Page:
TWO POEMS.

The June 19 LRB, on page 20, had a box entitled “Two Poems by Jean Sprackland.” The first, “The Source,” begins:

Want to learn the source,
the cool under the surface fire?
Watch the heron:
he snatches the silver voice
from the throat of the river
and swallows it live.

The second is called “In the Afternoon” and begins:

The devil likes the chicken coop.
He lies on a bed of straw
Watching the snow fall.
The hens fetch him eggs to suck,
But he’s not in the mood.
Cotton Mather is coming tonight,
Bringing a young witch.

You might want to do a quick mental compare-and-contrast before diving below the cut.


OK, here’s the kicker: in the July 3 issue, they published this highly embarrassing item:

Apology
In the LRB of 19 June we published two poems, ‘The Source’ and ‘In the Afternoon’, which we attributed to Jean Sprackland. She is indeed the author of ‘The Source’, but the author of ‘In the Afternoon’ is Charles Simic. We would like to apologise to both of them.

I wonder if anyone not previously familiar with the Simic poem read it and thought “That doesn’t sound like Sprackland“?

Comments

  1. John Emerson says:

    “How could anyone think that that a poem like that was mine?” said she. “How could anyone think that someone like her could write that good a poem?” said he.

  2. June 19.

  3. Whoops, quite right! Thanks, I’ll fix it.

  4. Sort of an inverse Joyce Hatto situation (w/o the fraud, of course).

  5. A. J. P. Taylor says:

    this highly embarrassing item
    Don’t be too hard on the LRB. The issue you link ‘LRB’ to has a really great article, by Tim Clarke, on Matisse, that the LH Proust lovers might like to read.

  6. The LRB you linked to had an article about a Brit who murdered his wife. There’s some fascinating stuff about his accent: At 18 or 19, most university students modulate their voices to fit in with their new surroundings (Tony Blair learned to talk in Estuary when he was deep into his forties). Yet Entwistle, an instinctive mimic in every other aspect of life, an internet chameleon, an earnest social climber, had not managed to retrieve a single missing aitch or shorten one long northern vowel. There was no trace in his voice of the years of clubhouse time spent in the company of ‘those public school $%^&’s’. In anyone else, one might assume stubborn defiance in this attachment to the sound of home, but Entwistle was a born pleaser and adapter, and his failure to change his accent weighed heavily with him.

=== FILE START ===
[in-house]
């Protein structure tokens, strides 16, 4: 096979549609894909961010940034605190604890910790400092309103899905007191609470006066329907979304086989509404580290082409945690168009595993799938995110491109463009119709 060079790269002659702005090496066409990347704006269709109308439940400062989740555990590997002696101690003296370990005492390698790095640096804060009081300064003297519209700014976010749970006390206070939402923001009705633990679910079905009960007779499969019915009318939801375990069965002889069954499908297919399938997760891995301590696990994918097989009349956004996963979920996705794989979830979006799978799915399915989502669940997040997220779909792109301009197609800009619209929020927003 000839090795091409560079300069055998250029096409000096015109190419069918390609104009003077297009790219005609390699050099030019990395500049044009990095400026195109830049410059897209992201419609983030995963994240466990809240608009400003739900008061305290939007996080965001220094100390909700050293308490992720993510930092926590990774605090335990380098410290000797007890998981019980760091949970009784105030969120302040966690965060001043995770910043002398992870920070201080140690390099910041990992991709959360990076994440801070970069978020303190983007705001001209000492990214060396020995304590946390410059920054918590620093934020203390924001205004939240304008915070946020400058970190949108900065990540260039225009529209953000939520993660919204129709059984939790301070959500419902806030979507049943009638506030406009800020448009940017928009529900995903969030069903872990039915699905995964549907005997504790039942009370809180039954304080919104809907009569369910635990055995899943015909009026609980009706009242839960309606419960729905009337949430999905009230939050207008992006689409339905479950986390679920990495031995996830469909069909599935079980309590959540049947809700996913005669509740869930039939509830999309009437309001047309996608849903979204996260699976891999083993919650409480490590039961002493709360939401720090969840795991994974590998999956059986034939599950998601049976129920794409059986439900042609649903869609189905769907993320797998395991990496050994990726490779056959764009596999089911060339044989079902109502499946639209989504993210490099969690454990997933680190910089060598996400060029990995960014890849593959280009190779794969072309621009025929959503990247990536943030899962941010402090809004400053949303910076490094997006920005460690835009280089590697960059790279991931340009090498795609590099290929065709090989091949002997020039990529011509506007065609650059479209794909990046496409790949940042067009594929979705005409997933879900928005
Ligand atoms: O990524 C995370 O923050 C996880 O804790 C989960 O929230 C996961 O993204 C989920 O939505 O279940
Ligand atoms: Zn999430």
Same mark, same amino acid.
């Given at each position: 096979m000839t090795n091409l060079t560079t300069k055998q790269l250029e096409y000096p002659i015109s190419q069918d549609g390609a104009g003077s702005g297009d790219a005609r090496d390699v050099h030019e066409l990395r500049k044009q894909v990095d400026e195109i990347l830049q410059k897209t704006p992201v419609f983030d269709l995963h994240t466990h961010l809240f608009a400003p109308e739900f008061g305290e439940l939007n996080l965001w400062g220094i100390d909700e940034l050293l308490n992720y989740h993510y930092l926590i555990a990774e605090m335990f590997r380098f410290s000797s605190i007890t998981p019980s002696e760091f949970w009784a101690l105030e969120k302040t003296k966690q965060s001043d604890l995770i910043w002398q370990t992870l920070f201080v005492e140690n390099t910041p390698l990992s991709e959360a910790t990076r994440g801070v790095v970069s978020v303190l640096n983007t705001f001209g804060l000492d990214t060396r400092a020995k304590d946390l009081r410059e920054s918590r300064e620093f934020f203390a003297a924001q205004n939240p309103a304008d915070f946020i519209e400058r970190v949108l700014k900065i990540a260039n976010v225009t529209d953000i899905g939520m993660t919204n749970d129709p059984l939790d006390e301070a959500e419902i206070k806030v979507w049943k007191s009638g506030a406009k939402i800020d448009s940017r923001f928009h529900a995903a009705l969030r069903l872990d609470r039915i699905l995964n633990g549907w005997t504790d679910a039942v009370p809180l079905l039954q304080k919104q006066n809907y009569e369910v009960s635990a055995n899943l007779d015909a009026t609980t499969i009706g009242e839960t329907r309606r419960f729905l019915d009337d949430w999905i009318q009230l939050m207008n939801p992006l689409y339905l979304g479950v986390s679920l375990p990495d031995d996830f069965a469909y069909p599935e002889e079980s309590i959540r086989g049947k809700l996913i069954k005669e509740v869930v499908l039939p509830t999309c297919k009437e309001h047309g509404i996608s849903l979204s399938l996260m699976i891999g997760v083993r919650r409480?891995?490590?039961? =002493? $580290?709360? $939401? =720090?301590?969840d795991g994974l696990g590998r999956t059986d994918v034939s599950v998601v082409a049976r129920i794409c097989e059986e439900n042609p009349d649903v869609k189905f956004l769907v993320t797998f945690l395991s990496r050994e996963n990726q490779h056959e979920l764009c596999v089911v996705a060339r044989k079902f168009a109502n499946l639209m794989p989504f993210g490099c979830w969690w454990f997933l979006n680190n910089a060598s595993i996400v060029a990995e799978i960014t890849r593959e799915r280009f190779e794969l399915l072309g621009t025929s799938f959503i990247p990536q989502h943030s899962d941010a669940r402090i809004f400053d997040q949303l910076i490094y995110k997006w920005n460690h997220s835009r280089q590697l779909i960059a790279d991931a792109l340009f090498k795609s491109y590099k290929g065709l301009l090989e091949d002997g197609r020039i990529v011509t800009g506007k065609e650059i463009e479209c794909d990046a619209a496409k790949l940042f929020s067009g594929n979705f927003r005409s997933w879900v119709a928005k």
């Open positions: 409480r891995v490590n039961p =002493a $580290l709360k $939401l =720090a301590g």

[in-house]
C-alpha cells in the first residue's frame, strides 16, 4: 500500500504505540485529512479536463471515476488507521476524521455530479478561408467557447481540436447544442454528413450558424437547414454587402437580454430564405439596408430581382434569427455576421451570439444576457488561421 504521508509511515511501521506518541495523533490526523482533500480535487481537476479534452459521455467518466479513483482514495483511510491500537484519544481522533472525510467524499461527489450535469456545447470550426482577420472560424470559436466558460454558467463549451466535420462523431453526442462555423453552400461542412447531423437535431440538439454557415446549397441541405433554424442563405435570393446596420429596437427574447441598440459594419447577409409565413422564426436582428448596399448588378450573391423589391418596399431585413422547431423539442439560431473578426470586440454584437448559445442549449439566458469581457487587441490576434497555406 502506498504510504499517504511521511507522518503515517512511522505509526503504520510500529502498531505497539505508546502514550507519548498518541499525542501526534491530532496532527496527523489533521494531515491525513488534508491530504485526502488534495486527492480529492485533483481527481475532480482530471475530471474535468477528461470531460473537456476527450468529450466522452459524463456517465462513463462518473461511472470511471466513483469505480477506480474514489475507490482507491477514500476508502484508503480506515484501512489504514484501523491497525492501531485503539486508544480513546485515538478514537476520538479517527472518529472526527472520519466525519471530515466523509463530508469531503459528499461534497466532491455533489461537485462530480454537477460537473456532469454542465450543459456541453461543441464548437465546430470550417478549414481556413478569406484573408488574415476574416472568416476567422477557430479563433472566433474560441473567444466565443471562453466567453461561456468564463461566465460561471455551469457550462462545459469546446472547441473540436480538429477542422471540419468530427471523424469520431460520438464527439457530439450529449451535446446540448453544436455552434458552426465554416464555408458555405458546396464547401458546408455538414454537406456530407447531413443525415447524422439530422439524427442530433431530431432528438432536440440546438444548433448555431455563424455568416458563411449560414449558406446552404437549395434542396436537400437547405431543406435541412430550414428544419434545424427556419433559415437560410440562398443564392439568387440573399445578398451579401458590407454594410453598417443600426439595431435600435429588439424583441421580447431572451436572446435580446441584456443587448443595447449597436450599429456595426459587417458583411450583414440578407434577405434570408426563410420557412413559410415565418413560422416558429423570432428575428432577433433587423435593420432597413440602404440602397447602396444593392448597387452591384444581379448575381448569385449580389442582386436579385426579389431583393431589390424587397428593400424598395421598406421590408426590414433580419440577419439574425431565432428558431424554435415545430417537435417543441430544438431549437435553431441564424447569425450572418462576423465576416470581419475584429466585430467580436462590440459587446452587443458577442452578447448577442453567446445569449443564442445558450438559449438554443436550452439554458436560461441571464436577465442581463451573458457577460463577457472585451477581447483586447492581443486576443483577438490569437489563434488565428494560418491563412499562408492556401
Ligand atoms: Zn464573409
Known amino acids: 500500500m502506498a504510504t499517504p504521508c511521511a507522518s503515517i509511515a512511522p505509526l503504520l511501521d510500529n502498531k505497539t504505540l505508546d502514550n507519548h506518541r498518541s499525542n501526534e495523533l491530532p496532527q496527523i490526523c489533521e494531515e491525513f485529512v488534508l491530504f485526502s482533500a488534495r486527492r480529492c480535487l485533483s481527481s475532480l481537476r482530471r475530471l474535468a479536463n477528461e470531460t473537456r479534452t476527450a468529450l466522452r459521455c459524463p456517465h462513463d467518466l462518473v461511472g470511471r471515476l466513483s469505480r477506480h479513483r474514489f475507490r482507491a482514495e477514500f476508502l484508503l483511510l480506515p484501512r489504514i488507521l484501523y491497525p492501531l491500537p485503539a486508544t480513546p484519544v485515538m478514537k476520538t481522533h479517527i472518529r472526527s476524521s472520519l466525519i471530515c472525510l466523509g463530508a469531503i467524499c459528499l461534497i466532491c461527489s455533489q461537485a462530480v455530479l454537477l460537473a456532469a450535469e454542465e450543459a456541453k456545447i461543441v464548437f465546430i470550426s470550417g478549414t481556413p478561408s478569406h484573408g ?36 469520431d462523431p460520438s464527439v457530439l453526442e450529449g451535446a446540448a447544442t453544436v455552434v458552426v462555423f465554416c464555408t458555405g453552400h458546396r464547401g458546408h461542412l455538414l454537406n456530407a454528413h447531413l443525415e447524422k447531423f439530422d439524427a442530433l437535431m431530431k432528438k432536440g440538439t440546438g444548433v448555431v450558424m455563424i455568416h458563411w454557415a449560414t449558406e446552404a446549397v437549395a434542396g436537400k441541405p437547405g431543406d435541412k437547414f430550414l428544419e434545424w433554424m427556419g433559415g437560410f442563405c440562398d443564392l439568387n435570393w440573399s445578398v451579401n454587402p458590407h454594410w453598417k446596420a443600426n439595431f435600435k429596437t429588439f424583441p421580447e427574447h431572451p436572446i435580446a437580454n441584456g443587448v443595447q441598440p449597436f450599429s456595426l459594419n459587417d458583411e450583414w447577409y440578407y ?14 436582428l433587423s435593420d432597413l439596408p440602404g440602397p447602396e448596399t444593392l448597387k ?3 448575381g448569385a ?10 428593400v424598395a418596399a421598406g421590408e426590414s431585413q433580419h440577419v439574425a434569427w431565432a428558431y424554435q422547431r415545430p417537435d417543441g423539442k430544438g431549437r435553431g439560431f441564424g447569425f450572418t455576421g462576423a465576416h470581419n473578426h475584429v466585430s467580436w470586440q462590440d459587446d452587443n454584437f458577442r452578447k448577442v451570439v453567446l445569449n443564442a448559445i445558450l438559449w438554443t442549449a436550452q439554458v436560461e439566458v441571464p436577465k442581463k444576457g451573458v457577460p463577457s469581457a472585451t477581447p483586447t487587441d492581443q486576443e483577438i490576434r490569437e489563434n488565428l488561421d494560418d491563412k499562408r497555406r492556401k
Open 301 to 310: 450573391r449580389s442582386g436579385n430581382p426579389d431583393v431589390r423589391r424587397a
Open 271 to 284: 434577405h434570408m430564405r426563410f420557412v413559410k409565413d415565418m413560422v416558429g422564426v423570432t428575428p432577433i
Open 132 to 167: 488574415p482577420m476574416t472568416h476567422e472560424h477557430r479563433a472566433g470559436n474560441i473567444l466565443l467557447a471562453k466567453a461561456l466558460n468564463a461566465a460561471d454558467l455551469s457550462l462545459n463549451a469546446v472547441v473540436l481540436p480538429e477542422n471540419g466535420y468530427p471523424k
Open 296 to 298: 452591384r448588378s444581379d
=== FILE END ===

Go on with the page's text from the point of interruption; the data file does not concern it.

7. Oops. Stray punctuation mark in my comment!

  8. Don’t be too hard on the LRB.
    Oh, I love the LRB—I’ve come to prefer it even to the NYRB. But come on, that’s embarrassing. I’m not being superior; lord knows I’ve done embarrassing things in my life. And good for them for acknowledging it and apologizing publicly.
    Oops. Stray punctuation mark in my comment!
    Fixed, thanks to my magical editing powers.

  9. A. J. P. Crown says:

    Yes, I love it even though there is sometimes too much politics and not enough books. I hate to digress in case I fail Prof. Liberman’s class, but I must say I found Jonathan Raban’s sneering article to be without any compassion — which makes it all the more feeble when he throws up his arms and says Entwhistle’s actions just can’t be understood.

  10. “I’m not being superior”
    That one thrown in for me, was it? These hairs seem to be getting finer and finer…

  11. Uh, no, actually not. It was an honest remark in answer to AJP.

  12. Crown, A. J. P. says:

    Thanks, but I never thought you were being superior. I’ve just been looking at Conrad’s very interesting articles about London architecture. I can’t imagine anything worse than having had to live in Cricklewood, but I expect it’s changed since I lived in London.

  13. Crown, A. J. P. says:

    Thanks, but I never thought you were being superior. I’ve just been looking at Conrad’s very interesting articles about London architecture. I can’t imagine anything worse than having had to live in Cricklewood, but I expect it’s changed since I lived in London.

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